New Labour Laws Look To The Soviets
New Labour Laws Look To The Soviets
Australia's trade unions are set to become the kind of powerless, empty shells that unions were under communist dictatorships
The main purpose of the Howard Government's new industrial relations laws is to destroy the trade union movement.
It's true that to this point almost all attention has been focused on the effects of the new laws in directly undermining job security and guaranteeing a significant reduction over time in employees' wages and conditions. But while unions are around, workers acting collectively still have some power in negotiating agreements and protecting themselves against unfair and unjust behaviour.
That's the main reason the federal Government needs to destroy unions: to take away the last vestiges of that power. How will the new industrial relations laws do this?
First, the right to collectively bargain will in practice disappear. Employees can belong to a union but they can't ask that union to negotiate an agreement on behalf of the workers concerned unless the employer agrees. If the employer insists on individual contracts, that's that. Even the US requires employers to collectively bargain if 50 per cent or more of employees want it.
Second, industrial action such as strikes is effectively outlawed. This is because you need to have a secret ballot to take industrial action. In practice, this will take weeks and lots of money to organise. By the time you do all that, the matter will have passed on. In any case, ministers now have wide powers to prohibit various types of strikes.
Third, unions will no longer have any serious right of entry to workplaces to talk to employees. They have to give 24 hours' written notice. Employers can demand to know who the union wants to talk to and for what reason. Employers can dictate where unions can talk to employees (for example, in a room next to the boss's office).
Unions have no right at all to enter a workplace where workers are on individual contracts, even if the employees want them to visit.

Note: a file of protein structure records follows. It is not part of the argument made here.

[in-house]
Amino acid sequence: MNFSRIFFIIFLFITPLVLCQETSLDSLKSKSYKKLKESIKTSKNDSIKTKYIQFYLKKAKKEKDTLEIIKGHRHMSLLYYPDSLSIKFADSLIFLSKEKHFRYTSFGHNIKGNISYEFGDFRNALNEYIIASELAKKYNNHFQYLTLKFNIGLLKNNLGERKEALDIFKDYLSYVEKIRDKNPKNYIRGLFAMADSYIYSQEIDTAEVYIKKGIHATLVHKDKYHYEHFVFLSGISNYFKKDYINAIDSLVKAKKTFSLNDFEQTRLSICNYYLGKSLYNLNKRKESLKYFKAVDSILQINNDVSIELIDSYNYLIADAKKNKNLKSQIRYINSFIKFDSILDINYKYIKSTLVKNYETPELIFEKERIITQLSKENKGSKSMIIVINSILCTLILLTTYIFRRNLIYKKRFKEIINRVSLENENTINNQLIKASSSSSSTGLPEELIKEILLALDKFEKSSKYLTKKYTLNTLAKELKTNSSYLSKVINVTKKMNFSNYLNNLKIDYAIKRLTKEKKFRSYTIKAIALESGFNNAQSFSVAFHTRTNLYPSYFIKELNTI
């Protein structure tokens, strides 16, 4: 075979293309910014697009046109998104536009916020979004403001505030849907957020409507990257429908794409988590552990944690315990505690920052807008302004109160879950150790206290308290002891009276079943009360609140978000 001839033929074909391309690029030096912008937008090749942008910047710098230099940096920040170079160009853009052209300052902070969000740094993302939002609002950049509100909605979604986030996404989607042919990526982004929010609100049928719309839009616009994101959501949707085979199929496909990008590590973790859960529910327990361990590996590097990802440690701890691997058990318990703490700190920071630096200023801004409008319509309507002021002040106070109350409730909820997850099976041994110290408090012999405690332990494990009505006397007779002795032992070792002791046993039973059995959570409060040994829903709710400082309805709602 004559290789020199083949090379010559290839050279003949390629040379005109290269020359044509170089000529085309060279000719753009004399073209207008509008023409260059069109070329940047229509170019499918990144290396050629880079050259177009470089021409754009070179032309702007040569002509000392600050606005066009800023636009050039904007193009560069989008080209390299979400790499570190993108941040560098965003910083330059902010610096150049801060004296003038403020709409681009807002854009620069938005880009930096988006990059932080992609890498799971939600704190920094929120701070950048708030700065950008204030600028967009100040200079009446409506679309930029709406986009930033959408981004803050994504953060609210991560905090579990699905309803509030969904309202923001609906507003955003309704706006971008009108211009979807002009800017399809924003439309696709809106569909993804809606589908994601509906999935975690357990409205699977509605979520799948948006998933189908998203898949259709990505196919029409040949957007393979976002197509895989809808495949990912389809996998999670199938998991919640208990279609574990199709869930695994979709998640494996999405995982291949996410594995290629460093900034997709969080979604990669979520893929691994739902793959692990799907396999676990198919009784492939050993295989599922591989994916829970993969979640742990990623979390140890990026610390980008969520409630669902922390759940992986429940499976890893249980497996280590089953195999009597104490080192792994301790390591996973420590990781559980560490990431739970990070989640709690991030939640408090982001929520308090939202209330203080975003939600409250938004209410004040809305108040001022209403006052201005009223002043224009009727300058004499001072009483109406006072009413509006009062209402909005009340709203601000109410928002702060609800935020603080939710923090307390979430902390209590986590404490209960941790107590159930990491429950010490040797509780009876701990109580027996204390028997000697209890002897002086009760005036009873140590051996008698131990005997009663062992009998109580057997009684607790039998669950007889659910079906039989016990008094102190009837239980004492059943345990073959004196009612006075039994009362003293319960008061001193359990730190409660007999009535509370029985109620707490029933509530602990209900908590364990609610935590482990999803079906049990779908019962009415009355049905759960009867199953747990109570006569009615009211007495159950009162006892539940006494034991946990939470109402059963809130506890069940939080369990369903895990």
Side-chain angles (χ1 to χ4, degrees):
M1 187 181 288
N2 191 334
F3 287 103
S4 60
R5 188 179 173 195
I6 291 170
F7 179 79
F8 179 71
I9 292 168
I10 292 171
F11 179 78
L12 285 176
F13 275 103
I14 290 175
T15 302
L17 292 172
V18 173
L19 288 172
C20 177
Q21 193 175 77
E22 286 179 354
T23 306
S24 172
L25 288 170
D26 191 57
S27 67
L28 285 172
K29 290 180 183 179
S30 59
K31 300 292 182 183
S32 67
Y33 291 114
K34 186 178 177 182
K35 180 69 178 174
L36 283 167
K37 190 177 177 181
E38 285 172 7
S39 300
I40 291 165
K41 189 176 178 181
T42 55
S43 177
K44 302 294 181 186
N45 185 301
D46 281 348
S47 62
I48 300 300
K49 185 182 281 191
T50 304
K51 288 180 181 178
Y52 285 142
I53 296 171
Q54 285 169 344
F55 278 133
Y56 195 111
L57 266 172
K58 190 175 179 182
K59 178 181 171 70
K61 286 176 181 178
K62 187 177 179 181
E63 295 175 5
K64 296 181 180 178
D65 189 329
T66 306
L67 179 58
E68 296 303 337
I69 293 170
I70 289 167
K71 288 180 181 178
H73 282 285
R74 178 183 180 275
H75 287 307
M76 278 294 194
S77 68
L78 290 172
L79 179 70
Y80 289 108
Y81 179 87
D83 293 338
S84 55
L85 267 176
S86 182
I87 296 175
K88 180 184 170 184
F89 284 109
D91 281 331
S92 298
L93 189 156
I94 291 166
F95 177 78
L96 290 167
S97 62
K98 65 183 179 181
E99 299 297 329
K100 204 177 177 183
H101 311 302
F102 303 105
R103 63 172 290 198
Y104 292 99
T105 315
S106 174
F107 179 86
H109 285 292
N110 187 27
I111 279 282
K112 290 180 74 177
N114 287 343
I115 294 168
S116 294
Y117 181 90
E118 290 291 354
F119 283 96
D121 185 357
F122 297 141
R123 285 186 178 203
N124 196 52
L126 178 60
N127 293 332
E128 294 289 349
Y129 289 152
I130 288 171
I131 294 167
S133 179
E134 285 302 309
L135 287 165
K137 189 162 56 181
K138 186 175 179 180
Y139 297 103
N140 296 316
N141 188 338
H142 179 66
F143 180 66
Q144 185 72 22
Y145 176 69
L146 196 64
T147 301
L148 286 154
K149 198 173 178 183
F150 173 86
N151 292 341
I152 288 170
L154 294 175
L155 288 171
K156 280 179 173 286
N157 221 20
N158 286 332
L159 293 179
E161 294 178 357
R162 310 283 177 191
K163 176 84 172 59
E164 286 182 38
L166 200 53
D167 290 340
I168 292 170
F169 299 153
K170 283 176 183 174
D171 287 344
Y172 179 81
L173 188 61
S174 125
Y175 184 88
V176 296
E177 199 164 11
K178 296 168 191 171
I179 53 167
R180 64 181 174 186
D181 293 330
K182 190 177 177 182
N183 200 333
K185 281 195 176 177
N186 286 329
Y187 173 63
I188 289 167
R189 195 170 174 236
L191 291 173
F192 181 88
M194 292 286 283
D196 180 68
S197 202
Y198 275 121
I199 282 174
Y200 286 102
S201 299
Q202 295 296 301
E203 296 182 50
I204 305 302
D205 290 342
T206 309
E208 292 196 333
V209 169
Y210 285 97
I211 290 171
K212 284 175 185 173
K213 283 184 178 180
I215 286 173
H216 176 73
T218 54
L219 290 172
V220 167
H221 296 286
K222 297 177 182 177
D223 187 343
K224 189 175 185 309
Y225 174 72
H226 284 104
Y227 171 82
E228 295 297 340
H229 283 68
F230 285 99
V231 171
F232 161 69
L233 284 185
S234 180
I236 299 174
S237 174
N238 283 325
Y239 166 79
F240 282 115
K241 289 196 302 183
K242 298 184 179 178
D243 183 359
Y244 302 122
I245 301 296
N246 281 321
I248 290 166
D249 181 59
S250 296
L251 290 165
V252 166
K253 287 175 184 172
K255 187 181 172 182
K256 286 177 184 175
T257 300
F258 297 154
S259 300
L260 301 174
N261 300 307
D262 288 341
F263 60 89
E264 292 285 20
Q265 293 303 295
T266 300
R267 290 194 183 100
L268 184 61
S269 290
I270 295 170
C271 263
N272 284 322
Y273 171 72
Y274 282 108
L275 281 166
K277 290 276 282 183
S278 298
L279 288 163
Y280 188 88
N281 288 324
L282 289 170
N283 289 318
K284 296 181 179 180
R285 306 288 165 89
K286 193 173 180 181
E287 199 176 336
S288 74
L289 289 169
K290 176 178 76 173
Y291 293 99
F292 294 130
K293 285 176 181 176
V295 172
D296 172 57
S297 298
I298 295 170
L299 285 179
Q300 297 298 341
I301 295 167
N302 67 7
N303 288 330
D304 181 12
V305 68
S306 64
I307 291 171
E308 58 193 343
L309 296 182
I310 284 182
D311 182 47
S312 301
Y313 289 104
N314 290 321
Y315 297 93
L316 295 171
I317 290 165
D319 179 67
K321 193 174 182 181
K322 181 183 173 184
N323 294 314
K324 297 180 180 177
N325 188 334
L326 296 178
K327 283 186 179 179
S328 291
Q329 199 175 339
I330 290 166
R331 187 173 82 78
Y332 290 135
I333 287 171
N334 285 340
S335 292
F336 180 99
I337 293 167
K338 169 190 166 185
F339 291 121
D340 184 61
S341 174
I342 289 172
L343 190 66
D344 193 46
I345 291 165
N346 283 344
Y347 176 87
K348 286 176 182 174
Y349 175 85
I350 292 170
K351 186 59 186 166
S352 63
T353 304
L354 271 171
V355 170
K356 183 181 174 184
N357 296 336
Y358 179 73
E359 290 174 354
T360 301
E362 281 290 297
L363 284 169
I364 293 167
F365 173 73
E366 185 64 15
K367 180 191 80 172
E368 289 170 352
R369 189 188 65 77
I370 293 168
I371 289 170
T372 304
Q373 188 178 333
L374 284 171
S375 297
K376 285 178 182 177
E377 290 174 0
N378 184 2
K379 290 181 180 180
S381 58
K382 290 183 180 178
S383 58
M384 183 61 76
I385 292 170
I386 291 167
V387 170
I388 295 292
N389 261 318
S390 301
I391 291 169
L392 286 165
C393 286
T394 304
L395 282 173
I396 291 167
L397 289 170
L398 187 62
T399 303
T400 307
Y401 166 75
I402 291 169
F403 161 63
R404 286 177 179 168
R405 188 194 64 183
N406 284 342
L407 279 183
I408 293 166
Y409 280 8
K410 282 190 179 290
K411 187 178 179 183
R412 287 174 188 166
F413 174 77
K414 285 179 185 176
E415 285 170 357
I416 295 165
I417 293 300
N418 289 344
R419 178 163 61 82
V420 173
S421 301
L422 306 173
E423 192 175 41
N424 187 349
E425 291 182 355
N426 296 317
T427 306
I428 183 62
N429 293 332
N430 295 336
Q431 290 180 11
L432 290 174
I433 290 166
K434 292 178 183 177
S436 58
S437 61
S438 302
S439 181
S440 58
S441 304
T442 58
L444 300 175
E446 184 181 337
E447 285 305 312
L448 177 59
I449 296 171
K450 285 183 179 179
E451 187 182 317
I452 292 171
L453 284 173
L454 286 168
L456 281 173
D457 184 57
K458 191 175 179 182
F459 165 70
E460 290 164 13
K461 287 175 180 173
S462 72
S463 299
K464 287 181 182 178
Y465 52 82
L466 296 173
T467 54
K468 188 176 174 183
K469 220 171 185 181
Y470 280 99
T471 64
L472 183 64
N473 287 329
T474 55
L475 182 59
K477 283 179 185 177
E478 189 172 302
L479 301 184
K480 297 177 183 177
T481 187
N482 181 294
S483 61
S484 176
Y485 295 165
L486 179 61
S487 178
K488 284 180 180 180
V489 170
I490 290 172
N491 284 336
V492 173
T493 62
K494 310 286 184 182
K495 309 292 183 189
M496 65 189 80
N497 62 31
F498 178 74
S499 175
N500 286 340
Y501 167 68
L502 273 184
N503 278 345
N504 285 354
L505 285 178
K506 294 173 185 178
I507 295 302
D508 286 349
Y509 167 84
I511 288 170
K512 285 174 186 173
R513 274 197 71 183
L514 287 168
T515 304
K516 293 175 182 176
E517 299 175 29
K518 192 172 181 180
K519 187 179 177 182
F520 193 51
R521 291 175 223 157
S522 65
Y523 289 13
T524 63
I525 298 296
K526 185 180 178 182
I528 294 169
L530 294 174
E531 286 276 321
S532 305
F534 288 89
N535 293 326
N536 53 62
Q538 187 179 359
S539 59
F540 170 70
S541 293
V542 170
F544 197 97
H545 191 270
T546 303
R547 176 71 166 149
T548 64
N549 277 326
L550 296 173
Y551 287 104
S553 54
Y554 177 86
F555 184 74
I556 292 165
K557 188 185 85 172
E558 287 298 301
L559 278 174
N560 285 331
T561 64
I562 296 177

Fourth, large fines will be imposed on unions, employees and, in some cases, employers for asking or even seeking to have certain things included in an agreement.
For example, there could be a $33,000 fine for anyone who asked for an unfair dismissal clause to be included in an agreement or asked for unions to be involved in dispute-settlement procedures.
Fifth is a matter that has received an awful lot of attention in the past few days. Kim Beazley has pointed out that under the new industrial relations laws it is prohibited to include in a workplace agreement any provision that would allow safety training by a trade union of the kind that is so important to the two men trapped in a mine in Beaconsfield, Tasmania.
Beazley has been savagely attacked for this by Workplace Relations Minister Kevin Andrews. He has stood his ground and ferociously counterattacked. Here's proof Beazley is right. In Queensland, Newlands Coal Pty Ltd recently negotiated a workplace agreement with the Construction, Forestry, Mining and Energy Union. The agreement included the following clause: "Subject to written application and company approval, union representatives may, at the discretion of the company, be provided with unpaid leave of absence to attend to bona fide union business."
Hardly radical or onerous: written application required, employer's consent required, it's at the discretion of the company, the leave is unpaid, and it must be for bona fide union business.
The draft agreement was submitted by the company to the Office of the Employee Advocate for approval. The OEA responded that "Chapter 2, Part 8, Division 7.1, Regulation 8.5 (1)(c) [of the Workplace Relations Act] provides that a term of the workplace agreement is prohibited content to the extent that it deals with leave to attend training (however described) provided by a trade union". The OEA continued that "bona fide union business can include training". On that basis, the OEA said the clause in the draft workplace agreement was prohibited.
So Beazley is right. It is impossible by law to include in an agreement a provision for trade unions to engage in what they now do on a widespread basis in Australia: that is, provide occupational health and safety training to workers.
The H.R. Nicholls Society is as hardline Right on industrial relations as any institution in Australia. Indeed, it was founded on hostility to the power of trade unions. Yet it has described the Workplace Relations Bill as Soviet-like on the grounds that it so interferes in relations between workers and employer.
I could describe it as Soviet-like for a different reason. As a diplomat for more than 25 years in a previous incarnation, I - and many colleagues - spent many hours arguing human rights issues against dictatorial governments, especially the Soviet Union and its acolytes. One of the things we argued for under Labor as well as Liberal governments was basic trade union rights. Now we have a situation where our Government wants Australian unions to be the kind of powerless, empty shells that unions were under those communist dictatorships. It is to this pass that our country has been brought.